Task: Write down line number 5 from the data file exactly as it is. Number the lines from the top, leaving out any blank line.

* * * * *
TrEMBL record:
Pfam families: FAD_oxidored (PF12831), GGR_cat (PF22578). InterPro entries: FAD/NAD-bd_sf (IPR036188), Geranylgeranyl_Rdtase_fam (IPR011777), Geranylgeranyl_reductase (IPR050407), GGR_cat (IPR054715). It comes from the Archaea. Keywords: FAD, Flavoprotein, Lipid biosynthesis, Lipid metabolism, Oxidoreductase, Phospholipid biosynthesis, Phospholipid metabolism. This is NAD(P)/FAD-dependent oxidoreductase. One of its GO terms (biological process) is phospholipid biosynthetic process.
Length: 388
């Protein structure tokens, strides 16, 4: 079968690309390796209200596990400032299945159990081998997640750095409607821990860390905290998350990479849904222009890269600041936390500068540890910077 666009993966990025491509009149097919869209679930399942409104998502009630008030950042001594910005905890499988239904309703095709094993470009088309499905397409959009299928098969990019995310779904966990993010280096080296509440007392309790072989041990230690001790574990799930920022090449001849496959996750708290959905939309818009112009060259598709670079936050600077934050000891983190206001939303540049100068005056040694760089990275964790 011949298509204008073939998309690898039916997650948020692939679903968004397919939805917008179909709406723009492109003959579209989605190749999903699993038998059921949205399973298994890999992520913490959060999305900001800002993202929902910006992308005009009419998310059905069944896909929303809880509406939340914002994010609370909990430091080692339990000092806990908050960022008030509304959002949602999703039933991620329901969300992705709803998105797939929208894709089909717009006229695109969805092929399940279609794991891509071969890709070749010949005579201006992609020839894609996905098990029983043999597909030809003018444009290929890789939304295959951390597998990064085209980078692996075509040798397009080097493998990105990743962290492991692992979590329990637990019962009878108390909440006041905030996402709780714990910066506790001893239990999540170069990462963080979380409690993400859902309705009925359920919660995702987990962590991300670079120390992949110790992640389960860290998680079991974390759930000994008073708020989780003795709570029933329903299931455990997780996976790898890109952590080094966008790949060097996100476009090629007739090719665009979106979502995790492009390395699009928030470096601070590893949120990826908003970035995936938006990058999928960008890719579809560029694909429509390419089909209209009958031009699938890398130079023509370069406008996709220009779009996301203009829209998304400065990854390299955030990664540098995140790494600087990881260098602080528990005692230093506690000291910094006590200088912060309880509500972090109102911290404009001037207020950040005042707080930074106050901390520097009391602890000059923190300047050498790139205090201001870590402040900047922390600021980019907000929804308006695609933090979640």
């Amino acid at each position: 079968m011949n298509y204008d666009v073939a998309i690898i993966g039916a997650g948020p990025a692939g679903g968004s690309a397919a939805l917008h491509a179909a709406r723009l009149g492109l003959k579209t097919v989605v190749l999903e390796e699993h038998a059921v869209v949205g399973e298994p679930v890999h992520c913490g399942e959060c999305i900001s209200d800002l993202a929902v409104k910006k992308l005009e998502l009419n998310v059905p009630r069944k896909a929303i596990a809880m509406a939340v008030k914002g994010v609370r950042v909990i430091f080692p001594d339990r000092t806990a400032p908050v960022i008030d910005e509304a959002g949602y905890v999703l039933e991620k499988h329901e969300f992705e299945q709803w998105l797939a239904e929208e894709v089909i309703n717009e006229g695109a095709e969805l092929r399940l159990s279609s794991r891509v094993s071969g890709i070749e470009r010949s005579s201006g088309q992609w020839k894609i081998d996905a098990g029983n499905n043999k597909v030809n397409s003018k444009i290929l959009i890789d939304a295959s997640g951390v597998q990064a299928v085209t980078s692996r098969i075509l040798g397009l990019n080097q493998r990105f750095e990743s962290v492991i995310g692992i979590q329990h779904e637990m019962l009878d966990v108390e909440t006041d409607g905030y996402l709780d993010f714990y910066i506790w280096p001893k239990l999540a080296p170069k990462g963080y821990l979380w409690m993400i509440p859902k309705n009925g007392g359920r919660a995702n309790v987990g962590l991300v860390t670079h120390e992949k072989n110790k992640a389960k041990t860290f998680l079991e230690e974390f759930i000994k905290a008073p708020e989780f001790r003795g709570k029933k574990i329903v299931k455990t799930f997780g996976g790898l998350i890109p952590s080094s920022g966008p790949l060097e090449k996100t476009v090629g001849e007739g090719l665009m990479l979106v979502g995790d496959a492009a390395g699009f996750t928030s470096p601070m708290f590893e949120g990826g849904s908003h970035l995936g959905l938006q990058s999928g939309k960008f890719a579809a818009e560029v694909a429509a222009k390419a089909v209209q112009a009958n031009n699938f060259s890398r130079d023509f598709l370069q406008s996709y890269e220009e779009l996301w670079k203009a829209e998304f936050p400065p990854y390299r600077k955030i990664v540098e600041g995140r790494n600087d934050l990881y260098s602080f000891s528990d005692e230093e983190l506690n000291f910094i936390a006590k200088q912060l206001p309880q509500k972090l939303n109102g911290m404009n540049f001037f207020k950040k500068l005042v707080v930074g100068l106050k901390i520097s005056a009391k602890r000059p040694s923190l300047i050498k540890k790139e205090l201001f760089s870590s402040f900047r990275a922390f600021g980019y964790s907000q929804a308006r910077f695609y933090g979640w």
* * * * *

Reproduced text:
């Amino acid at each position: 079968m011949n298509y204008d666009v073939a998309i690898i993966g039916a997650g948020p990025a692939g679903g968004s690309a397919a939805l917008h491509a179909a709406r723009l009149g492109l003959k579209t097919v989605v190749l999903e390796e699993h038998a059921v869209v949205g399973e298994p679930v890999h992520c913490g399942e959060c999305i900001s209200d800002l993202a929902v409104k910006k992308l005009e998502l009419n998310v059905p009630r069944k896909a929303i596990a809880m509406a939340v008030k914002g994010v609370r950042v909990i430091f080692p001594d339990r000092t806990a400032p908050v960022i008030d910005e509304a959002g949602y905890v999703l039933e991620k499988h329901e969300f992705e299945q709803w998105l797939a239904e929208e894709v089909i309703n717009e006229g695109a095709e969805l092929r399940l159990s279609s794991r891509v094993s071969g890709i070749e470009r010949s005579s201006g088309q992609w020839k894609i081998d996905a098990g029983n499905n043999k597909v030809n397409s003018k444009i290929l959009i890789d939304a295959s997640g951390v597998q990064a299928v085209t980078s692996r098969i075509l040798g397009l990019n080097q493998r990105f750095e990743s962290v492991i995310g692992i979590q329990h779904e637990m019962l009878d966990v108390e909440t006041d409607g905030y996402l709780d993010f714990y910066i506790w280096p001893k239990l999540a080296p170069k990462g963080y821990l979380w409690m993400i509440p859902k309705n009925g007392g359920r919660a995702n309790v987990g962590l991300v860390t670079h120390e992949k072989n110790k992640a389960k041990t860290f998680l079991e230690e974390f759930i000994k905290a008073p708020e989780f001790r003795g709570k029933k574990i329903v299931k455990t799930f997780g996976g790898l998350i890109p952590s080094s920022g966008p790949l060097e090449k996100t476009v090629g001849e007739g090719l665009m990479l979106v979502g995790d496959a492009a390395g699009f996750t928030s470096p601070m708290f590893e949120g990826g849904s908003h970035l995936g959905l938006q990058s999928g939309k960008f890719a579809a818009e560029v694909a429509a222009k390419a089909v209209q112009a009958n031009n699938f060259s890398r130079d023509f598709l370069q406008s996709y890269e220009e779009l996301w670079k203009a829209e998304f936050p400065p990854y390299r600077k955030i990664v540098e600041g995140r790494n600087d934050l990881y260098s602080f000891s528990d005692e230093e983190l506690n000291f910094i936390a006590k200088q912060l206001p309880q509500k972090l939303n109102g911290m404009n540049f001037f207020k950040k500068l005042v707080v930074g100068l106050k901390i520097s005056a009391k602890r000059p040694s923190l300047i050498k540890k790139e205090l201001f760089s870590s402040f900047r990275a922390f600021g980019y964790s907000q929804a308006r910077f695609y933090g979640w």